Jeffrey Bland: Similarly, for bitter. And we, by the way, understand now that the bitter receptors on our tongue are morphologically or are chemically identical to the bitter receptors that reside in the intestinal tract of our digestive system. And therefore, our intestines are tasting all the time. And when they’re picking up this information of bitter, they’re actually stimulated to release into the blend, hormones that regulate insulin and regulate glucose.
Jeffrey Bland: So certain bitter triggers in our body, our response that more effectively allows us to metabolize our food. So these stories are now starting to once again tie back into the ancient things that we knew thousands of years ago that we have to now re-visit. And you’re helping us to be reintroduced, with Himalayan Tartary buckwheat.
Sam Beer: And being introduced personally. Part of the explorations has been from planting the seed and to putting down the fork.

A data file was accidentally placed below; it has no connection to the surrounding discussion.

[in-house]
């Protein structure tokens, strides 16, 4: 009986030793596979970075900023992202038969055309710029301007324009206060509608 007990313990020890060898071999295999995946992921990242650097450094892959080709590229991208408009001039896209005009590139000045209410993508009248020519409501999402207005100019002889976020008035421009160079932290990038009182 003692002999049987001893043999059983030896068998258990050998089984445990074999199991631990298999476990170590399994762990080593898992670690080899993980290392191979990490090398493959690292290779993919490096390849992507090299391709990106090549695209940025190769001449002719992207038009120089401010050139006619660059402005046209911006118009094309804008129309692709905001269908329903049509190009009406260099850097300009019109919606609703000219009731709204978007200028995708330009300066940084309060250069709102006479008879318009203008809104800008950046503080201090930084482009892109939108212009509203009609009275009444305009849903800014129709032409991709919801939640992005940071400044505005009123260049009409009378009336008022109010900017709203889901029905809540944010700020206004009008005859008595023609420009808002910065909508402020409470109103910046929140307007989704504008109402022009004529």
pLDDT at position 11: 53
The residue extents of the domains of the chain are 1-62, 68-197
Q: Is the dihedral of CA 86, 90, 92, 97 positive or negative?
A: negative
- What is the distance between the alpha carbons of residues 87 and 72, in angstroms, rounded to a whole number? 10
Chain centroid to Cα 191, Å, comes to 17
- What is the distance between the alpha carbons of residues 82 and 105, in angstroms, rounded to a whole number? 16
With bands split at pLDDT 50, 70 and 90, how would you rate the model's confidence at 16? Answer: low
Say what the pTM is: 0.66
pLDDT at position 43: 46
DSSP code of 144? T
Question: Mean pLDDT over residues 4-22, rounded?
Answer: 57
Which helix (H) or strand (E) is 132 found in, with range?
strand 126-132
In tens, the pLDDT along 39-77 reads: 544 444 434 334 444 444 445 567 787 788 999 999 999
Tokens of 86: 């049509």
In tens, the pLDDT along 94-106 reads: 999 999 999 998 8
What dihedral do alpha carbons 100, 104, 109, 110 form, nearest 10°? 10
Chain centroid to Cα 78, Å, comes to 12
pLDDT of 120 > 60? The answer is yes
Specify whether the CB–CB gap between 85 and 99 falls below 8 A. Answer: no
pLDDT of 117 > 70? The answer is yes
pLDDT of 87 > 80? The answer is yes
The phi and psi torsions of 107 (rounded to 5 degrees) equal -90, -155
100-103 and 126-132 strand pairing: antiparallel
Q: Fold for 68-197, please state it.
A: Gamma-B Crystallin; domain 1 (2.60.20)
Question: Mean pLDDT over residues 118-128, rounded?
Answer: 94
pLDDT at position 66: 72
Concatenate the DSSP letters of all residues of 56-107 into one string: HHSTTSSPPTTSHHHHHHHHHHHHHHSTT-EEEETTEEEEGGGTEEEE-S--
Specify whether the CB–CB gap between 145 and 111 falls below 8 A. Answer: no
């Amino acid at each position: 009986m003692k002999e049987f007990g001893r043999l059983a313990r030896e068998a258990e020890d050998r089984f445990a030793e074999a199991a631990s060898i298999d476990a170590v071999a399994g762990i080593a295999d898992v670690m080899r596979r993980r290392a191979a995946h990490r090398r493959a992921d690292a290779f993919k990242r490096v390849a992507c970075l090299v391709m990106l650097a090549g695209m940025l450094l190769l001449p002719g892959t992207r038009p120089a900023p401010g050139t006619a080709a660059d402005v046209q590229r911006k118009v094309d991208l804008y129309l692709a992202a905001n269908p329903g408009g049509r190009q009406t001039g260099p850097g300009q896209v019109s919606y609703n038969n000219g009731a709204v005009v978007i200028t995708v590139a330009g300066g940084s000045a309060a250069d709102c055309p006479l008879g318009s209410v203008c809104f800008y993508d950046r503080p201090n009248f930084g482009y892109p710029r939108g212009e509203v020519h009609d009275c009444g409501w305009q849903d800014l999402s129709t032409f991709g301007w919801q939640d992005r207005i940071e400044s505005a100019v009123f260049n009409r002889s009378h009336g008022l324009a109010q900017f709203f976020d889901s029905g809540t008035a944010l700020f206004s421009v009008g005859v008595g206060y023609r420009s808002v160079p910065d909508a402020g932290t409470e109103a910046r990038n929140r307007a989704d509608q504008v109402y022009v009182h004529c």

Jeffrey Bland: Yeah, exactly.
Sam Beer: And what’s great is to have friends and family who, out of personal loyalty, are willing to make that exploration with us. And to share their experiences too.
Jeffrey Bland: Well, we’re sitting here on your screen porch, your sun porch and your beautiful house. And I’m thinking, just reflecting back from your stories and now asking a question which is looking forward.
Jeffrey Bland: So as we look forward, or as Sam and Lucia Beer look forward in their lives, what would be some of the things that you, if you could have a magic wand and wave the wand, that you’d like to see with regard to farming, agriculture, preservation of certain cultivars? And how do you see the future in your idealized circumstances?
Sam Beer: The history of farming is one of, clearly mechanization and tremendous advances in productivity, per acre or per man hour.
Sam Beer: But, it’s really created an occupation which has huge barriers of entry for young people. I know the regional, YMCA camp have introduced gardening to kids and found kids tremendously receptive.